While earning his JD from Georgia State, Jarter Gao worked in the College of Law’s Philip C. Cook Low-Income Taxpayer Clinic. In collaboration with faculty and supervising attorneys, he represented clients unable to afford legal representation in federal income or employment tax disputes with the Internal Revenue Service. Gao realized that through a career in tax law, he could make a positive difference in people’s lives. After completing his law degree, Gao accepted a position as associate attorney at a private boutique tax firm. A few years in, he decided he could use more specialized education and enrolled in Robinson’s Master of Taxation (MTX) program.
“I was mostly dealing with individual income taxes but wanted to learn more about corporate, sales, and other types of taxes,” he said.
Gao’s expectation to explore the gamut of taxes was met, particularly in State and Local Taxation with Veronica Caputo, a part-time instructor who also is a partner at Grant Thornton. The course covered how states generate revenue through sales and excise taxes. Gao also hit a jackpot of knowledge in Tax Research with Lucia Smeal, a practicing attorney and former legislative analyst. In the class, Gao discovered resources he can use to conduct tax research, such as tax statutes, IRS publications, private letter rulings, and—most importantly—RIA Checkpoint, a database of federal, state, and international tax publications. Gao’s key assignment was to read the summary of a legal case, use a variety of functions in RIA Checkpoint, and write a tax memo to brief the tax partners at a hypothetical firm.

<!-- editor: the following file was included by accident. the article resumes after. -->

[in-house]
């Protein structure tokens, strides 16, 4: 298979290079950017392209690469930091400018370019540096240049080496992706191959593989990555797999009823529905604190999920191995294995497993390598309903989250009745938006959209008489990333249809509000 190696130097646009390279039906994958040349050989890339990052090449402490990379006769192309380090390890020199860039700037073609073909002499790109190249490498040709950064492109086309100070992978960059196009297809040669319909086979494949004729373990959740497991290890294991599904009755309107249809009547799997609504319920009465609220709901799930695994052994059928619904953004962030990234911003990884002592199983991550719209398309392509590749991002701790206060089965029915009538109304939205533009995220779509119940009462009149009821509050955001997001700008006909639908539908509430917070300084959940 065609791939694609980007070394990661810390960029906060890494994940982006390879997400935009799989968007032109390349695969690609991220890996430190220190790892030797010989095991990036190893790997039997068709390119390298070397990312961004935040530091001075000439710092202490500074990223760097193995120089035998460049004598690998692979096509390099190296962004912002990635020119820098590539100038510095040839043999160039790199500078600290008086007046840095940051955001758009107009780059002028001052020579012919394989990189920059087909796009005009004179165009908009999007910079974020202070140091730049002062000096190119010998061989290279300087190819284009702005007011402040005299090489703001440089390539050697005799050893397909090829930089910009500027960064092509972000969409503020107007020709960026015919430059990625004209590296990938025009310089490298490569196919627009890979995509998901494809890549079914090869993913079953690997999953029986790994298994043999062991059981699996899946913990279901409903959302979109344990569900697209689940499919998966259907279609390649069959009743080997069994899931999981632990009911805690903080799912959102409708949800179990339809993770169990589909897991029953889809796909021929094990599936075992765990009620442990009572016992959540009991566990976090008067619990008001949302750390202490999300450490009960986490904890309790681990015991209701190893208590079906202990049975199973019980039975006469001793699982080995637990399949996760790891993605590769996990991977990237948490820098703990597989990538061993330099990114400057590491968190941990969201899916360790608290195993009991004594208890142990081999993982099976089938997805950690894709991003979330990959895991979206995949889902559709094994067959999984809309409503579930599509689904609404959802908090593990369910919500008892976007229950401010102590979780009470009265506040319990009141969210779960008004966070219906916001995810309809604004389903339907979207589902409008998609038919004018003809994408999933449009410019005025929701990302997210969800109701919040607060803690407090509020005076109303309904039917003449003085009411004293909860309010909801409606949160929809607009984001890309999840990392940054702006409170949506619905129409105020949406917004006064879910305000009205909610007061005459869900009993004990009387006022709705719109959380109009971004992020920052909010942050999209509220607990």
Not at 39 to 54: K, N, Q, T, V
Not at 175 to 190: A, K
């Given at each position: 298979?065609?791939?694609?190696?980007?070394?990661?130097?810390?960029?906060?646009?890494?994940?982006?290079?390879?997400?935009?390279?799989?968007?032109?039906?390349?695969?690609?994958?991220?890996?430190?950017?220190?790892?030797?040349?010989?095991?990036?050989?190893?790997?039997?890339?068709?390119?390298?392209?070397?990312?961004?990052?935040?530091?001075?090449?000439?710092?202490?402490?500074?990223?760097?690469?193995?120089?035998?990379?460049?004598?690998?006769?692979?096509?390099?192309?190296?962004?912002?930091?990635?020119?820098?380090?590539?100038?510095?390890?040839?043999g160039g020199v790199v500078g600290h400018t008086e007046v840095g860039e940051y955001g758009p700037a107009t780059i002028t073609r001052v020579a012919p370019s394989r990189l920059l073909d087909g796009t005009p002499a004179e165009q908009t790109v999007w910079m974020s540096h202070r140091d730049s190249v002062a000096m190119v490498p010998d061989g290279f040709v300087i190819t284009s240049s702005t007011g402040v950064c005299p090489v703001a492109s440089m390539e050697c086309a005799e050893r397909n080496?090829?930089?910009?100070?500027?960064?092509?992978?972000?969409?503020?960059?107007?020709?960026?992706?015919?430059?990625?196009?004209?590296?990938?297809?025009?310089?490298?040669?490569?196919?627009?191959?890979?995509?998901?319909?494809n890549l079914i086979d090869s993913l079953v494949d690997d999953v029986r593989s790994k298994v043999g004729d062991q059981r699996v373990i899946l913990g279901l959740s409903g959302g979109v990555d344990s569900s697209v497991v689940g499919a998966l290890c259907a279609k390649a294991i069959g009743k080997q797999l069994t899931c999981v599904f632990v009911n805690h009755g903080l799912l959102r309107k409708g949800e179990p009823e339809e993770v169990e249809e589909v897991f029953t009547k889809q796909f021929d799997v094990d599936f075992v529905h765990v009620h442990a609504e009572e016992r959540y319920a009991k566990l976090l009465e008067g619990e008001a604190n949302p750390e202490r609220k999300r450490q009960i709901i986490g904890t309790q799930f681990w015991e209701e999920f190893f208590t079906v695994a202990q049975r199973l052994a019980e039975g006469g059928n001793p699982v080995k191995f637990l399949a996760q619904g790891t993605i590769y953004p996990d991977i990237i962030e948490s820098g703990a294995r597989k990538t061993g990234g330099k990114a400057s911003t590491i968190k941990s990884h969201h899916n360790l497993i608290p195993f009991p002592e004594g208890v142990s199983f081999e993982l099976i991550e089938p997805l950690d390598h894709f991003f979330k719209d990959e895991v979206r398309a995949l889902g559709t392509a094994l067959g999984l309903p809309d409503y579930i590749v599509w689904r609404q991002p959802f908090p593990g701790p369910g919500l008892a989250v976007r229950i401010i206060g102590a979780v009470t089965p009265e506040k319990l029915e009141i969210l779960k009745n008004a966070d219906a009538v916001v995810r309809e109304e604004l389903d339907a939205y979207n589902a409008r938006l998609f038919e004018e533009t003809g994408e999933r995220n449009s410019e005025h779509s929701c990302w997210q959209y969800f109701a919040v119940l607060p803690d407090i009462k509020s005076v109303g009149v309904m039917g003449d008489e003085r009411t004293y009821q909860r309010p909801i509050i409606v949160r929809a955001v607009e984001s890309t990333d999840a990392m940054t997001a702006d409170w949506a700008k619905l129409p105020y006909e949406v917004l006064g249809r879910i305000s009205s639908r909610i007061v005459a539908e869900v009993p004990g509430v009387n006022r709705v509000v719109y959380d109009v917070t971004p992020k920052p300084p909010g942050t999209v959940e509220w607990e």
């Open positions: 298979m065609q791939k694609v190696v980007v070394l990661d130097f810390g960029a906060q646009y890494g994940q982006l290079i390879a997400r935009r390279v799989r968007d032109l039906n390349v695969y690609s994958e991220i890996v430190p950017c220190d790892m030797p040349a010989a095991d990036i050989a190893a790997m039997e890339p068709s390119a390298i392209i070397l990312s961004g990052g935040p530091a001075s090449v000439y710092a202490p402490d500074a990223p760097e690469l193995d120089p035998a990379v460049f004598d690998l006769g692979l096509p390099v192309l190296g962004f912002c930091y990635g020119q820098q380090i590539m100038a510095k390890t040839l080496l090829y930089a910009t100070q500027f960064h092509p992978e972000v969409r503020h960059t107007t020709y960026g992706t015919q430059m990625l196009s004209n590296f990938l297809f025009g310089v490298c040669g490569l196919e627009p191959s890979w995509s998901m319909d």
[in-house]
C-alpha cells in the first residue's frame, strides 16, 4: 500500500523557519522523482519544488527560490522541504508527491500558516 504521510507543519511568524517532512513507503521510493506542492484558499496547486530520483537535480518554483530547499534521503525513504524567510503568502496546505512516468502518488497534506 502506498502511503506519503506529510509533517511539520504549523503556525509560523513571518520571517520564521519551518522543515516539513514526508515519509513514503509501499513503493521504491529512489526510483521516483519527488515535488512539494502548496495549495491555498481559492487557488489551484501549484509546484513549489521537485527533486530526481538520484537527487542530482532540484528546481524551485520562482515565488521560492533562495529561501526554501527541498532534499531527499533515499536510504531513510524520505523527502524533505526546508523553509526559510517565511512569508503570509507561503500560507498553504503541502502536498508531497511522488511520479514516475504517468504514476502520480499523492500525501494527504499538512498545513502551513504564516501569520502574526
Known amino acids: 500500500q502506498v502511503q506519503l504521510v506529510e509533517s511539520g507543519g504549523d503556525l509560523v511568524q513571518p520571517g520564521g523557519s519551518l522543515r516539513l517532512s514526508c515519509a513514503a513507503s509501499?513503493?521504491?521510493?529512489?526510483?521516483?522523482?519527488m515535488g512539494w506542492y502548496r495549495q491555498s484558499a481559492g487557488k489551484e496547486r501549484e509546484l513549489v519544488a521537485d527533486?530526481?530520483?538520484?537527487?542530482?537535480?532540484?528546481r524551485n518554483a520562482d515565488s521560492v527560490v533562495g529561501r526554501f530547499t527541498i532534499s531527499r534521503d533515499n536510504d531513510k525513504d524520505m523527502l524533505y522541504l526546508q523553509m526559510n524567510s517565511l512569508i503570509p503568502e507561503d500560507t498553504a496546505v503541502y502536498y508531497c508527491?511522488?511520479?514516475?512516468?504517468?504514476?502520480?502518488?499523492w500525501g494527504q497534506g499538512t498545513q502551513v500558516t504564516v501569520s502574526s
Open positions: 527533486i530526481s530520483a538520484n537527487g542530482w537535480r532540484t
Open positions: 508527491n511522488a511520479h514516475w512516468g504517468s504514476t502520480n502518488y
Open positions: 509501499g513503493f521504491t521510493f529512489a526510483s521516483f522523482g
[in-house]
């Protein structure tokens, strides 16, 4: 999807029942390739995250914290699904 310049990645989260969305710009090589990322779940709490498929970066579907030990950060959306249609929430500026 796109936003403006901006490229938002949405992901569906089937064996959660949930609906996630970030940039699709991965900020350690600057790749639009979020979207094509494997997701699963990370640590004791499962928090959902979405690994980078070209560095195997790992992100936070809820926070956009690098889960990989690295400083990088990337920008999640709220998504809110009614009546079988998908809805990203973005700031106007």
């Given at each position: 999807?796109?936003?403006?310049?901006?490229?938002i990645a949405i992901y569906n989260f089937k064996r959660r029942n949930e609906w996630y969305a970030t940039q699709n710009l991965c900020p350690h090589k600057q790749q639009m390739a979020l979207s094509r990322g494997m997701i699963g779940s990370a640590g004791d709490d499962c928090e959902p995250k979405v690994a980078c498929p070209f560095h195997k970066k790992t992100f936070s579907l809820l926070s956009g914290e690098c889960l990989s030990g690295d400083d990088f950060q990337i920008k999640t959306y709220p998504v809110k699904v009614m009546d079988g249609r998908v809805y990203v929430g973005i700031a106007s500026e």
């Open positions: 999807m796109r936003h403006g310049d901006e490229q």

“Being able to communicate my research results was really important, since that’s what I do on a daily basis,” Gao said.
Gao graduated in spring 2021 and now serves as an attorney for the Georgia Department of Revenue. But the pathway to his current position wasn’t exactly straightforward. When COVID hit, he left his position at the boutique tax firm and started his own practice, which folded within a year. Gao sees that experience as a positive.
“Dealing with all the stages of my own business, including its failure, was very helpful,” he said. “I understand where taxpayers are coming from and how I can help them follow through with their tax obligations.”
According to Gao, the Georgia Department of Revenue selected him because of his standout academic credentials.
“The hiring team members told me at least three times I was chosen because of the MTX,” Gao said. “My legal degree prepared me to analyze new tax legislation, and my MTX training has enabled me to recognize and communicate the technical implications to clients.”